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NYU / OTHER / PSYCH-UA 1 012 / How do we learn new words?

How do we learn new words?

How do we learn new words?


School: New York University
Department: OTHER
Course: Intro to Psychology
Professor: Marjorie rhodes
Term: Spring 2017
Tags: NYU, Psychology, Intro to Psychology, psych, psychology nyu, Language, and thinking
Cost: 25
Name: Intro to Psych: W-7, L-4, 5 Notes
Description: Week 7 Notes L-4: Language L-5: Thinking
Uploaded: 03/09/2017
12 Pages 43 Views 8 Unlocks

Eun-Sung Chang

How do we learn new words?

Intro to Psych

Week 7

Lecture 4 (3/6/17): Language

What is Language?

• Human language – no limit to what we can communicate

o Expressive range is unlimited ???? no other species seem to have this  ability

• Other animal language – can communicate only a small set of ideas o Conspecific – means member of the same species

o Ex.) Honey bee waggle dance

▪ Somewhat complex ???? precise movements to communicate  where nectar is, limited because it communicates only food  


▪ Restricted to communicating certain kinds of language ???? can’t  communicate if a predator is coming, what the weather is like,  etc.

What is the meaning of social referencing?



What is the meaning of novelty matching?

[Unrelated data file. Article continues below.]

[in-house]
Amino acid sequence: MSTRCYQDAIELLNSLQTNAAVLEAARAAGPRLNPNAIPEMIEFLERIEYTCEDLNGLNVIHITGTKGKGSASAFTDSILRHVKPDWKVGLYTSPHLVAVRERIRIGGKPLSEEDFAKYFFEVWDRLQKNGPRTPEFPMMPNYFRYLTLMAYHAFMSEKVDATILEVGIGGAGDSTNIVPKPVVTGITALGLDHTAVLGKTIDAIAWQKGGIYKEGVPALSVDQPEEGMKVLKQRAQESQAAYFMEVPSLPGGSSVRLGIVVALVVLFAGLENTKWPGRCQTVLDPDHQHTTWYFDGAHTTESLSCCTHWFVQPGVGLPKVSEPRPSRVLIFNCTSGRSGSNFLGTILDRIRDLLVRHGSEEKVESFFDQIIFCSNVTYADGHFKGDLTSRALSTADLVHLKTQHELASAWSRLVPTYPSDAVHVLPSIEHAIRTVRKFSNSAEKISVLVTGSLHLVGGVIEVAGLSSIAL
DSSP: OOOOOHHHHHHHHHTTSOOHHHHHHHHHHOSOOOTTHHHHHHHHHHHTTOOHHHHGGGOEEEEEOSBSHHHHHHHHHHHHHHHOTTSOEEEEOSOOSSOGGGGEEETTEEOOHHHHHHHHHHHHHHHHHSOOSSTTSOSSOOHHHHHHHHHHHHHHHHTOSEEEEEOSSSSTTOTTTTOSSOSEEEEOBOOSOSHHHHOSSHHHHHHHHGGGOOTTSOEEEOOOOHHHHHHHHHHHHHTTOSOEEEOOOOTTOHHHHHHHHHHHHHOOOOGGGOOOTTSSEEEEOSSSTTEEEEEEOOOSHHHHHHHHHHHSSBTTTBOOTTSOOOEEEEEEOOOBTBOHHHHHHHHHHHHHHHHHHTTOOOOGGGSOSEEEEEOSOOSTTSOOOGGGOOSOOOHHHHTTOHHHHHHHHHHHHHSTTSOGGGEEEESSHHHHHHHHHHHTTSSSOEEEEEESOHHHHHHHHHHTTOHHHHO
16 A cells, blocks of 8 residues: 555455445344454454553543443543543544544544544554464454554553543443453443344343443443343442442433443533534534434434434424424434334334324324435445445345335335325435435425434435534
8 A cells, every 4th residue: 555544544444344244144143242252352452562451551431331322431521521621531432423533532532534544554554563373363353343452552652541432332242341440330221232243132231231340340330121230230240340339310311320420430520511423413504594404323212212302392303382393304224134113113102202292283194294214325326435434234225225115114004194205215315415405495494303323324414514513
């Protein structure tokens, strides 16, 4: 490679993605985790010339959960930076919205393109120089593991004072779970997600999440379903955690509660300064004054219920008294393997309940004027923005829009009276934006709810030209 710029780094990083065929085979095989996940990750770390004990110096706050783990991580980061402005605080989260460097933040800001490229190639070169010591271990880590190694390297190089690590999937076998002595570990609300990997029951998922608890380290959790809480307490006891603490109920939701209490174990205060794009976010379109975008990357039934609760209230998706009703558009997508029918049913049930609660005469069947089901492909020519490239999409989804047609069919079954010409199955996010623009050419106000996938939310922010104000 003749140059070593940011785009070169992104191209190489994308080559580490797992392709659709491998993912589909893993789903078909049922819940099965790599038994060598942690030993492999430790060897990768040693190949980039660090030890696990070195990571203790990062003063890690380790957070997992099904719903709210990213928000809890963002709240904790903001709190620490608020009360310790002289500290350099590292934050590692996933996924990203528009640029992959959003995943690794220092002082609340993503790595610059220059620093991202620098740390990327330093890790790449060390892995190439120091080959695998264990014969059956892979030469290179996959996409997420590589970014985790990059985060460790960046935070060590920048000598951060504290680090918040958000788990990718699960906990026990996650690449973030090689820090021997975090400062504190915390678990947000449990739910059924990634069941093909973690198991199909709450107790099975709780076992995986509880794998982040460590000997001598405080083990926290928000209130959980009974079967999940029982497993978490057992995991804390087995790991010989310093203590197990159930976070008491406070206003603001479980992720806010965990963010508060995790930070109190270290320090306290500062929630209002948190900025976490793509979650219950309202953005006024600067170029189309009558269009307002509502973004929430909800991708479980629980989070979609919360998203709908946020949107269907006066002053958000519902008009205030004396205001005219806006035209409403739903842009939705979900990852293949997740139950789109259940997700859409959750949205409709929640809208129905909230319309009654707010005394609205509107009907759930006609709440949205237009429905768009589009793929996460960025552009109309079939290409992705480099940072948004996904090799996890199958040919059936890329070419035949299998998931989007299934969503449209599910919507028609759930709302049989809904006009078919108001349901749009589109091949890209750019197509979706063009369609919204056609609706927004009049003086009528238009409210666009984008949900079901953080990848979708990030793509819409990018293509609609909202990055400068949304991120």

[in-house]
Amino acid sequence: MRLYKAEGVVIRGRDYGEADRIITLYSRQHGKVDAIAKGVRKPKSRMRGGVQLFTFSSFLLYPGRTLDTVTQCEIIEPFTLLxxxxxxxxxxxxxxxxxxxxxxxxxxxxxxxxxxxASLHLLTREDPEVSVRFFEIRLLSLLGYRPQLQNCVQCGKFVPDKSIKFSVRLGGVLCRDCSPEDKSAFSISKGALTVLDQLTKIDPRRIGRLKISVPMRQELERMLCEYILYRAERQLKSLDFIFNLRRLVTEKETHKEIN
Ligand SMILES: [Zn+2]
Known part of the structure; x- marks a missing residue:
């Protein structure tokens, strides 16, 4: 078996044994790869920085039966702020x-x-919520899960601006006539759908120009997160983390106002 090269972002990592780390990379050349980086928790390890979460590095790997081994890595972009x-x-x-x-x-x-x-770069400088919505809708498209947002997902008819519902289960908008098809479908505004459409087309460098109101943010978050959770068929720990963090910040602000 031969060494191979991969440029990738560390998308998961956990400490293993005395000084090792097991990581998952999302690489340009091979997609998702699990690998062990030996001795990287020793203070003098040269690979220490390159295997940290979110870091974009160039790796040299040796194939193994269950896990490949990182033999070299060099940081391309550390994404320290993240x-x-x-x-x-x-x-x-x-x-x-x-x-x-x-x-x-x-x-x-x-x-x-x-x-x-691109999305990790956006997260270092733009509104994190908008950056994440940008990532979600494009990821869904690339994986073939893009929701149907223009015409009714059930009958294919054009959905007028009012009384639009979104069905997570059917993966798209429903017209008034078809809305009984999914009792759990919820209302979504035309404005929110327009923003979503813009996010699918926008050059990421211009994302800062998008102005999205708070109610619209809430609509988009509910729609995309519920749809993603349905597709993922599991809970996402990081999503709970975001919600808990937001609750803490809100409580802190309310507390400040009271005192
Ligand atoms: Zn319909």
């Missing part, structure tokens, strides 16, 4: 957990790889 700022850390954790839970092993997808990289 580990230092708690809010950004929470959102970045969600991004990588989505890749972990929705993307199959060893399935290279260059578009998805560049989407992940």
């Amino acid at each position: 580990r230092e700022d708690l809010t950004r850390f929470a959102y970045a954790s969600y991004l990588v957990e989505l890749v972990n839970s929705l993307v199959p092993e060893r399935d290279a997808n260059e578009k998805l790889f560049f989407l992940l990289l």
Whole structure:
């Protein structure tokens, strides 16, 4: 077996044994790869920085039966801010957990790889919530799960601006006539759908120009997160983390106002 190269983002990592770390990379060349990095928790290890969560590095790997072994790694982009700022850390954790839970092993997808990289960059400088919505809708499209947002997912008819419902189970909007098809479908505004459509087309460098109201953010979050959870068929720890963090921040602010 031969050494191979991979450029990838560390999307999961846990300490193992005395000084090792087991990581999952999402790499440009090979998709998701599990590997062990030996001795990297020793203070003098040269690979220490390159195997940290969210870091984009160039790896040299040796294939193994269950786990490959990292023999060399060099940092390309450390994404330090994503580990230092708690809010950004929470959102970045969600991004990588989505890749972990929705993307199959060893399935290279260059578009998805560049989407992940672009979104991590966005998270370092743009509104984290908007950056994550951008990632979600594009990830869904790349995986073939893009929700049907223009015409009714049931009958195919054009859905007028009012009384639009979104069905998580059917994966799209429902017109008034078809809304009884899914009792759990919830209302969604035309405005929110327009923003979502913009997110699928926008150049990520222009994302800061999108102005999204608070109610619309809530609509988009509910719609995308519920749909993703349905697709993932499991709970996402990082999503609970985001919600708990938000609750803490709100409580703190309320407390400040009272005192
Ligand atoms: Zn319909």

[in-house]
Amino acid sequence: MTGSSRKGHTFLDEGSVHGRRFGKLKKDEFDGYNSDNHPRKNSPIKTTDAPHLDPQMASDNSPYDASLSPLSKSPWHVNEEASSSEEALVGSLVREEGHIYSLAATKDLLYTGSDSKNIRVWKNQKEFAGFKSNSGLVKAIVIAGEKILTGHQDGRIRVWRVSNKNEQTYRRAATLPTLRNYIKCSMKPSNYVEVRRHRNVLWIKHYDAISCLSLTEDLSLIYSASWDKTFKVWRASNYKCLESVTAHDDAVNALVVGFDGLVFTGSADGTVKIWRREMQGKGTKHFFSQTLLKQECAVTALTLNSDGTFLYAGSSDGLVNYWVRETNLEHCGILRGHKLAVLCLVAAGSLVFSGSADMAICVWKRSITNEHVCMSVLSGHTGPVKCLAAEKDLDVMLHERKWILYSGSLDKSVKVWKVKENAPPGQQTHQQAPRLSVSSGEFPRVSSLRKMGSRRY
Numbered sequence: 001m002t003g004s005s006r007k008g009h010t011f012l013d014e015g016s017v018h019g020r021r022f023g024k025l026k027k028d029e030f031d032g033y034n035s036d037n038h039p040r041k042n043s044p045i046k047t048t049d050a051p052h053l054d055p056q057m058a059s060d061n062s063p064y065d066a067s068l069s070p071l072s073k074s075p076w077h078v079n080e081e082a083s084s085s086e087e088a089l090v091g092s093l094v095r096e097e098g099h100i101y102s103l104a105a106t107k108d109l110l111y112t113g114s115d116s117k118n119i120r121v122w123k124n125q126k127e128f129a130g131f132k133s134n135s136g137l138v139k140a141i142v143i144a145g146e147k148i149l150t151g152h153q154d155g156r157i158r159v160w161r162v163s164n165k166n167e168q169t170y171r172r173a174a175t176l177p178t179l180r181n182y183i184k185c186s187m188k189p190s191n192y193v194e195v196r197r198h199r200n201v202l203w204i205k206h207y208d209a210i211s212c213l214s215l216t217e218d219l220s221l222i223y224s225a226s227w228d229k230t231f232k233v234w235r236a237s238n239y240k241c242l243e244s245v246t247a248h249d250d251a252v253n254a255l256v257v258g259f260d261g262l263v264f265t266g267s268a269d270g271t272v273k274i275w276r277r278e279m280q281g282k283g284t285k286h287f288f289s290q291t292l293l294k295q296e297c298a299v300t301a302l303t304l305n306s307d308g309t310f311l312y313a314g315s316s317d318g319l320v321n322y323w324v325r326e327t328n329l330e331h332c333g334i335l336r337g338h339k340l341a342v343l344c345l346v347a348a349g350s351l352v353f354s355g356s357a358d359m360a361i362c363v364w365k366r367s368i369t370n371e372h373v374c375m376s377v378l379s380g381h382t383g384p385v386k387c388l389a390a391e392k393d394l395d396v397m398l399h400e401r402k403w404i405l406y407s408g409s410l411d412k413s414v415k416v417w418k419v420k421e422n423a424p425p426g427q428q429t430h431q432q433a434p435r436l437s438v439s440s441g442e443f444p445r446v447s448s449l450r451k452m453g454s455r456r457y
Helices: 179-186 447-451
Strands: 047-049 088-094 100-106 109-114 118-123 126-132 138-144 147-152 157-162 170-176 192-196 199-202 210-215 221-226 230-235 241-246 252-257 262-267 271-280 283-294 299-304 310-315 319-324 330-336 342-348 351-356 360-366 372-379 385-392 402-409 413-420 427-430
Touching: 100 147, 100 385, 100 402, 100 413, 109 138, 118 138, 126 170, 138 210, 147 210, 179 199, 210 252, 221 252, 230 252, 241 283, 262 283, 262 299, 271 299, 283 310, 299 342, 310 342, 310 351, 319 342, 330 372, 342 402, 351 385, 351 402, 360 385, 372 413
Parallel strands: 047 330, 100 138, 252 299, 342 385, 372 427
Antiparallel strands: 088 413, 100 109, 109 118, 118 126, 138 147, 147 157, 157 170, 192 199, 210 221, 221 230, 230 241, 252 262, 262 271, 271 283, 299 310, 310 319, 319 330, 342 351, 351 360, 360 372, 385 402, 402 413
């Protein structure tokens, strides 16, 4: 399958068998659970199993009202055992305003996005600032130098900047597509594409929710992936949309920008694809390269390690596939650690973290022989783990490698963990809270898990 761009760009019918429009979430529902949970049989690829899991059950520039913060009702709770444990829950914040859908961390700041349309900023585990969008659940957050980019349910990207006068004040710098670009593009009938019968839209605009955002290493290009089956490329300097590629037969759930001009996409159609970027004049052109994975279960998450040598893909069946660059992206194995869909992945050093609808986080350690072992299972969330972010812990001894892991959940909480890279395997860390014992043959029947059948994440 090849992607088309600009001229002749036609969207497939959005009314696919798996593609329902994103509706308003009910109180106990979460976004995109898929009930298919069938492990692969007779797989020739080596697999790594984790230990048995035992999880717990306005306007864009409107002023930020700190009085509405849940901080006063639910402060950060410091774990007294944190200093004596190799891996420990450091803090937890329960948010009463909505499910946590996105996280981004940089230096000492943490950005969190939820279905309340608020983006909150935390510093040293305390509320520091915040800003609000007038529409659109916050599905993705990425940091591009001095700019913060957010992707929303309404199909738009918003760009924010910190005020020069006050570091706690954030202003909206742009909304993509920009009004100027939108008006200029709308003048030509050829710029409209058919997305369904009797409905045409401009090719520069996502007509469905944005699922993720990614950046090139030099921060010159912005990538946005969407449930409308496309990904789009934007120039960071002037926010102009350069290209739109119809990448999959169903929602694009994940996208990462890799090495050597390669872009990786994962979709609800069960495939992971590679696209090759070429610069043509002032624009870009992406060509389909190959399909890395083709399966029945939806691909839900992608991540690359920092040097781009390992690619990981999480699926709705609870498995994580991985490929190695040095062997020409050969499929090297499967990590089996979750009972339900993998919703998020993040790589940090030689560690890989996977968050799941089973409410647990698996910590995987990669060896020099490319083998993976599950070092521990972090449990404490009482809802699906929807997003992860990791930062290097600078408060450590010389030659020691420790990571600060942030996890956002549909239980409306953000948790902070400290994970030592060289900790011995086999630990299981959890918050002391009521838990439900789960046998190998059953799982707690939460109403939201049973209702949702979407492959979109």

If you want to learn more check out What is the meaning of anomie theories?
We also discuss several other topics like According to piaget, schemes are mental structures that infants use to understand the world. they use these to group similar things and with experience, these schemes change. the changes are called what?

            Semantics  Phonology



• Semantics – meaning of words ???? words are arbitrary and conventional • How do we learn new words?

o You learn new words just by interacting with others who speak your  native language ???? new words come imbedded in sentences with  other words Don't forget about the age old question of What is the meaning of signifier-signified?

• Parsing problem – pauses between words when someone else is speaking  are not a good indicator to separate words

o Children use subtle statistical properties of their language

• Reference problem

1. Social referencing – guides where you look/pay attention to ▪ Children will look at your eyes to see what you’re looking at to  connect it with what you say

2. Novelty matching – implies the more words you know, the easier it is  to learn new words We also discuss several other topics like What is the difference between obsessions and compulsions?

▪ Children tend to assume things have only 1 name

3. Intentionality – uses speaker’s intentions to guide understanding of  new words

▪ Ex.) If a kid at recess says “Let’s ‘dax’ Mickey!” and then pushes  Mickey head first down a slide ???? other kids will have no  

problem understanding what “dax” means (even though it isn’t  a word)

4. Category assumption – children will assume categories with what they see

▪ Ex.) If a parent says “ball” and associates the word with a  

baseball and tennis ball ???? child will associate the word “ball”  

with multiple types of balls (not only 1 type of ball)


• Phonology – sound of words

1. Detection & Discrimination